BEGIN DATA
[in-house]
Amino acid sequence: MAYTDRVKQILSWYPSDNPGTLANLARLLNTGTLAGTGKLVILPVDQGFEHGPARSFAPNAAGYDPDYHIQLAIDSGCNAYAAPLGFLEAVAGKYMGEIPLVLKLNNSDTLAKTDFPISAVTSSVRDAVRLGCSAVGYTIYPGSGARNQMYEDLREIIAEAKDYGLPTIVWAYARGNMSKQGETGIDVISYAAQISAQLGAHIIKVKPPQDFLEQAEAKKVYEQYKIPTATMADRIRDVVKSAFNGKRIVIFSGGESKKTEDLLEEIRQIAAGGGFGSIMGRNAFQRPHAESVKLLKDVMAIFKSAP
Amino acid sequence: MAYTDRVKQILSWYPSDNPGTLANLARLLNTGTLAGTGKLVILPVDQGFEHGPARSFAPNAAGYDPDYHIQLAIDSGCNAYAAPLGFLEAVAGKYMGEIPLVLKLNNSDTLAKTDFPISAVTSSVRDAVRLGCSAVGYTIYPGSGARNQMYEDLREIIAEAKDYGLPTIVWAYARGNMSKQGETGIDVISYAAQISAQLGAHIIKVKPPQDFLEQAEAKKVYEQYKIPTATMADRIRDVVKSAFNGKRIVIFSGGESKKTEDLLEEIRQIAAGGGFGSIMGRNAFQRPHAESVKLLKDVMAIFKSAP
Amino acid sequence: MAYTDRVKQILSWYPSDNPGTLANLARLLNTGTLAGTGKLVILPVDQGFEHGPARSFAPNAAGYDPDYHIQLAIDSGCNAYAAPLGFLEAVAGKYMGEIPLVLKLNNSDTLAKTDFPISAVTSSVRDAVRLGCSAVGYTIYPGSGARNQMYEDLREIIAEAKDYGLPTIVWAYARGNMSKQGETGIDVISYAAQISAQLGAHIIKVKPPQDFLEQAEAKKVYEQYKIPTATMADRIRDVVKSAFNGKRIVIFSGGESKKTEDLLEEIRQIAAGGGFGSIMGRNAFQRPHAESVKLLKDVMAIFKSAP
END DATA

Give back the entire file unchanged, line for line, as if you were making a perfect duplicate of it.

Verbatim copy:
[in-house]
Amino acid sequence: MAYTDRVKQILSWYPSDNPGTLANLARLLNTGTLAGTGKLVILPVDQGFEHGPARSFAPNAAGYDPDYHIQLAIDSGCNAYAAPLGFLEAVAGKYMGEIPLVLKLNNSDTLAKTDFPISAVTSSVRDAVRLGCSAVGYTIYPGSGARNQMYEDLREIIAEAKDYGLPTIVWAYARGNMSKQGETGIDVISYAAQISAQLGAHIIKVKPPQDFLEQAEAKKVYEQYKIPTATMADRIRDVVKSAFNGKRIVIFSGGESKKTEDLLEEIRQIAAGGGFGSIMGRNAFQRPHAESVKLLKDVMAIFKSAP
Amino acid sequence: MAYTDRVKQILSWYPSDNPGTLANLARLLNTGTLAGTGKLVILPVDQGFEHGPARSFAPNAAGYDPDYHIQLAIDSGCNAYAAPLGFLEAVAGKYMGEIPLVLKLNNSDTLAKTDFPISAVTSSVRDAVRLGCSAVGYTIYPGSGARNQMYEDLREIIAEAKDYGLPTIVWAYARGNMSKQGETGIDVISYAAQISAQLGAHIIKVKPPQDFLEQAEAKKVYEQYKIPTATMADRIRDVVKSAFNGKRIVIFSGGESKKTEDLLEEIRQIAAGGGFGSIMGRNAFQRPHAESVKLLKDVMAIFKSAP
Amino acid sequence: MAYTDRVKQILSWYPSDNPGTLANLARLLNTGTLAGTGKLVILPVDQGFEHGPARSFAPNAAGYDPDYHIQLAIDSGCNAYAAPLGFLEAVAGKYMGEIPLVLKLNNSDTLAKTDFPISAVTSSVRDAVRLGCSAVGYTIYPGSGARNQMYEDLREIIAEAKDYGLPTIVWAYARGNMSKQGETGIDVISYAAQISAQLGAHIIKVKPPQDFLEQAEAKKVYEQYKIPTATMADRIRDVVKSAFNGKRIVIFSGGESKKTEDLLEEIRQIAAGGGFGSIMGRNAFQRPHAESVKLLKDVMAIFKSAP